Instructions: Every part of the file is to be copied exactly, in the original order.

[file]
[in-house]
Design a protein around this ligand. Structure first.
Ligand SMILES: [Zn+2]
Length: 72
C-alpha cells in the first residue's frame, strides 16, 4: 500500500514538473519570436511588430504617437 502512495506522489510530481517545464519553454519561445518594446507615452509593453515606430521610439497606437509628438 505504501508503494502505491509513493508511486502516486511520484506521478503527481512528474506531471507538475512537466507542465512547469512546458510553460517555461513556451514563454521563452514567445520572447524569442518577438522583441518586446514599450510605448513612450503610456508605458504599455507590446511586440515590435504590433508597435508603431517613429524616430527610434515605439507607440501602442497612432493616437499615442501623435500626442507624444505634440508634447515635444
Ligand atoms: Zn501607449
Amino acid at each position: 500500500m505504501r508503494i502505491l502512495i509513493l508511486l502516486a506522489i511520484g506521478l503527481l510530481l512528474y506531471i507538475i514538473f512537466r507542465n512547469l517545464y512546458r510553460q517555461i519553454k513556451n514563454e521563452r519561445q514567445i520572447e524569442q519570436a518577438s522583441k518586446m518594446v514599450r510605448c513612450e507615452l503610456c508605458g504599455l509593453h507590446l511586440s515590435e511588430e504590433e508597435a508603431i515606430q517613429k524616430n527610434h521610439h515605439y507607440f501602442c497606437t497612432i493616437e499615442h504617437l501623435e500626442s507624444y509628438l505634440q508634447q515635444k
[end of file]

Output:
[in-house]
Design a protein around this ligand. Structure first.
Ligand SMILES: [Zn+2]
Length: 72
C-alpha cells in the first residue's frame, strides 16, 4: 500500500514538473519570436511588430504617437 502512495506522489510530481517545464519553454519561445518594446507615452509593453515606430521610439497606437509628438 505504501508503494502505491509513493508511486502516486511520484506521478503527481512528474506531471507538475512537466507542465512547469512546458510553460517555461513556451514563454521563452514567445520572447524569442518577438522583441518586446514599450510605448513612450503610456508605458504599455507590446511586440515590435504590433508597435508603431517613429524616430527610434515605439507607440501602442497612432493616437499615442501623435500626442507624444505634440508634447515635444
Ligand atoms: Zn501607449
Amino acid at each position: 500500500m505504501r508503494i502505491l502512495i509513493l508511486l502516486a506522489i511520484g506521478l503527481l510530481l512528474y506531471i507538475i514538473f512537466r507542465n512547469l517545464y512546458r510553460q517555461i519553454k513556451n514563454e521563452r519561445q514567445i520572447e524569442q519570436a518577438s522583441k518586446m518594446v514599450r510605448c513612450e507615452l503610456c508605458g504599455l509593453h507590446l511586440s515590435e511588430e504590433e508597435a508603431i515606430q517613429k524616430n527610434h521610439h515605439y507607440f501602442c497606437t497612432i493616437e499615442h504617437l501623435e500626442s507624444y509628438l505634440q508634447q515635444k